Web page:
A Sacramento judge is questioning whether a group of South Land Park residents should have been allowed to file suit against a proposed Raley’s supermarket on Freeport Boulevard.
Superior Court Judge Christopher Krueger said he is not sure those residents adequately informed the city of their noise concerns before the city approved the project. If they didn’t, he said in a statement to the attorneys last week, the lawsuit may not have legal standing.
Krueger last week asked attorneys on both sides of the issue to offer him their legally researched opinions on whether the residents properly expressed their noise concerns before filing the lawsuit, back when the city was soliciting public opinions on potential downsides of the project.
The lawsuit, filed a year ago by residents who live in the neighborhood behind the proposed Raley’s site, contends the city approved a 55,000-square-foot supermarket adjacent to residential backyards without properly analyzing and mitigating for negative effects, including truck and loading dock noise in back delivery areas.
The store, proposed at the former site of Capital Nursery on Freeport Boulevard at Wentworth Avenue, would replace the existing Raley’s a block to the south. The new complex also would include six smaller buildings for restaurants or stores.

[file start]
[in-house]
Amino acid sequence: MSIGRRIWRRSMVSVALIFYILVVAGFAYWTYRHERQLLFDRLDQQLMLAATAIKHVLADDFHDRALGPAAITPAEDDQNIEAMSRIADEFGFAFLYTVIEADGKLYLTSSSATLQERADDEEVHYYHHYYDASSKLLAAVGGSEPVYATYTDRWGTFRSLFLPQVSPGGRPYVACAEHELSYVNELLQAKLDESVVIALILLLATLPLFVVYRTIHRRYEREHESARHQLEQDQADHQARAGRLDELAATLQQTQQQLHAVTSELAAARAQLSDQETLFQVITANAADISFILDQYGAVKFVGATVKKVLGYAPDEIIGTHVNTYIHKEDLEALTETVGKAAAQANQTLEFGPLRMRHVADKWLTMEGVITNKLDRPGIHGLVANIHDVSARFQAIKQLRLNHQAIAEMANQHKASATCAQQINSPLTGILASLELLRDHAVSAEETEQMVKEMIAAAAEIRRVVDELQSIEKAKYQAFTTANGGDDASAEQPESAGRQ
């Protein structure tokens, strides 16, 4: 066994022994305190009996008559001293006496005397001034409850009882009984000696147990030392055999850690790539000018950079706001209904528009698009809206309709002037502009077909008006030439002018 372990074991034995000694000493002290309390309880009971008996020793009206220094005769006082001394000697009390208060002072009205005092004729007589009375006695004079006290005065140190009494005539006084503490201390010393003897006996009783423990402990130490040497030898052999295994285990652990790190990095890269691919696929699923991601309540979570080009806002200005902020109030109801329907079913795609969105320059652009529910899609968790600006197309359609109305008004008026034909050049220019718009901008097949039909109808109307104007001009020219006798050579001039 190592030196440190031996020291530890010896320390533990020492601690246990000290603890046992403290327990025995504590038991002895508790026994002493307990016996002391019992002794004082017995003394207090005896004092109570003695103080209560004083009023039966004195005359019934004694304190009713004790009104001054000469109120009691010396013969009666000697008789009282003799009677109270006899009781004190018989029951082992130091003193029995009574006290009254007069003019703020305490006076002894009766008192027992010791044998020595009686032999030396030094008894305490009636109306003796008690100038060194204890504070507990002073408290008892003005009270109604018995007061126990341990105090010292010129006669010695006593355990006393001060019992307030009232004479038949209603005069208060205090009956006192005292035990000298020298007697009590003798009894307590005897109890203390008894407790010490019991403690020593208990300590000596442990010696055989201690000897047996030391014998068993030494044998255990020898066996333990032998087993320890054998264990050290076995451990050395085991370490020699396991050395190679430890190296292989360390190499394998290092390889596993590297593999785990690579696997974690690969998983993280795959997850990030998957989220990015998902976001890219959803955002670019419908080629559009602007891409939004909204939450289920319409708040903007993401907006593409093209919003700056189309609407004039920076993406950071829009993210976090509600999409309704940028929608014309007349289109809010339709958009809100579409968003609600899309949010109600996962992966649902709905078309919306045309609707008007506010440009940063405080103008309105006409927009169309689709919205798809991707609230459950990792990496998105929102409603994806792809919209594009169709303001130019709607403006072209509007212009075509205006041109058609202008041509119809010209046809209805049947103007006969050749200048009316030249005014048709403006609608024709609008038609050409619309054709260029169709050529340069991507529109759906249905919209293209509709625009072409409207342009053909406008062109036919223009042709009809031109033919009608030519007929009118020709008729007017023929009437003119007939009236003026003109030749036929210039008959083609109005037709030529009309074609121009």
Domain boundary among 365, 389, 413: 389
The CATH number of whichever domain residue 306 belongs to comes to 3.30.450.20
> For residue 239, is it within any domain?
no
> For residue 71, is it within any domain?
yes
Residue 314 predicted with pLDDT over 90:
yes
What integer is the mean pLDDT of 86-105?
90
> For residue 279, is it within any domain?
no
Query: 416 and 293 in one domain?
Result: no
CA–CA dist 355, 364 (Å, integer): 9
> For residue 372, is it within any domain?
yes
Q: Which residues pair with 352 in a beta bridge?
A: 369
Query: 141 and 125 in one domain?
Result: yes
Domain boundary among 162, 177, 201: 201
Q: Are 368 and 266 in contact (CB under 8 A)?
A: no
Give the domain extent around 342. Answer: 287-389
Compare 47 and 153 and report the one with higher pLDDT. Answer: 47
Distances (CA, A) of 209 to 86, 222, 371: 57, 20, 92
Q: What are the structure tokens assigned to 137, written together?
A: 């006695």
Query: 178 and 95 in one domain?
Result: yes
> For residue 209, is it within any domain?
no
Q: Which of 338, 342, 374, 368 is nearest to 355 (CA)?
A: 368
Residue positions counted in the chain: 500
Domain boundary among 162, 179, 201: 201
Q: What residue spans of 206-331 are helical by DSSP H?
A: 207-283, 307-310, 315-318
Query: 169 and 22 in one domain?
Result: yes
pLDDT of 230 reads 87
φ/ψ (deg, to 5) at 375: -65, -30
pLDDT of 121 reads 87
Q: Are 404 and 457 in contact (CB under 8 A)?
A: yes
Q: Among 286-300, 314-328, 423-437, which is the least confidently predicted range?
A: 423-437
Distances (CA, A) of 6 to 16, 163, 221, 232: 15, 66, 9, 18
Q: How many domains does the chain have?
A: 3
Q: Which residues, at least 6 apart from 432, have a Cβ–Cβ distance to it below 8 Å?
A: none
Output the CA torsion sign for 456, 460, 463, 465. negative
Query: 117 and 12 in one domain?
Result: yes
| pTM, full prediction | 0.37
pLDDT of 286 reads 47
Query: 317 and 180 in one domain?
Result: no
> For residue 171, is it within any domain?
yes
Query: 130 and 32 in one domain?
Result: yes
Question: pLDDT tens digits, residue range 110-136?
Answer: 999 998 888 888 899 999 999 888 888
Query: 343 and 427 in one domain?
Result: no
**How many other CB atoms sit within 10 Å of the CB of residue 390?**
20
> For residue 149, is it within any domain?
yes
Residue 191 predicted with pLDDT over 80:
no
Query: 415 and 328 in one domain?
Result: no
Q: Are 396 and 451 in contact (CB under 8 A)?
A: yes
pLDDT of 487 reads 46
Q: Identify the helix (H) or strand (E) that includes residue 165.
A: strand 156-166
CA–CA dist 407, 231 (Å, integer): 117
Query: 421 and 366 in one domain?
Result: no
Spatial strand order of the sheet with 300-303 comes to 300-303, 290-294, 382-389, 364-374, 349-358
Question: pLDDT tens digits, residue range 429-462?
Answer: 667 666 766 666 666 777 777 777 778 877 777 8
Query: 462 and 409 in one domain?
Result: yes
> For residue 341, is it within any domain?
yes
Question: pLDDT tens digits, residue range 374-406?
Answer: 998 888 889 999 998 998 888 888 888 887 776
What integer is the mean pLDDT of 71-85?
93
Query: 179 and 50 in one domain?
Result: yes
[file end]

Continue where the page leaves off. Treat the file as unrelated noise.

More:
In his statement to the attorneys, Krueger noted that the city’s noise analysis contains a flaw. It stated that sound walls between stores and backyards typically reduce delivery truck noise by 5 to 10 decibels, but it concluded without any further explanation that the sound wall for this project will reduce noise by at least 16 decibels.
He also said the city appeared to have inappropriately rounded down one noise level estimate in order to say it meets city noise standards.
But, he said, no one appears to have challenged the city on the those specific flaws during the period when the city was soliciting reactions to its environmental assessment. If not, he asks: Do they have the right to base their current lawsuit on those issues?
He has given attorneys in the case until Dec. 8 to offer their arguments. The attorneys for the city and for the plaintiffs did not respond to a Bee request for comment Tuesday.
The judge, in his statement, also asked the two sides if they are willing to discuss how to reduce the amount of beeping made by trucks when backing up. An estimated 30 to 40 truck deliveries are anticipated each week, most between 6 a.m. and noon.
Interim City Attorney Matt Ruyak and Raley’s officials said in September they are willing to agree to a stipulation that trucks silence their beepers.
Raley’s spokeswoman Chelsea Minor on Tuesday said her company and its partners “remain committed to developing this project. We believe strongly it will be a great addition to the Land Park community.
“We expect the ruling to come in December. We are going to await the judge’s ruling before outlining future construction. Pending a positive outcome, we will move forward with construction.”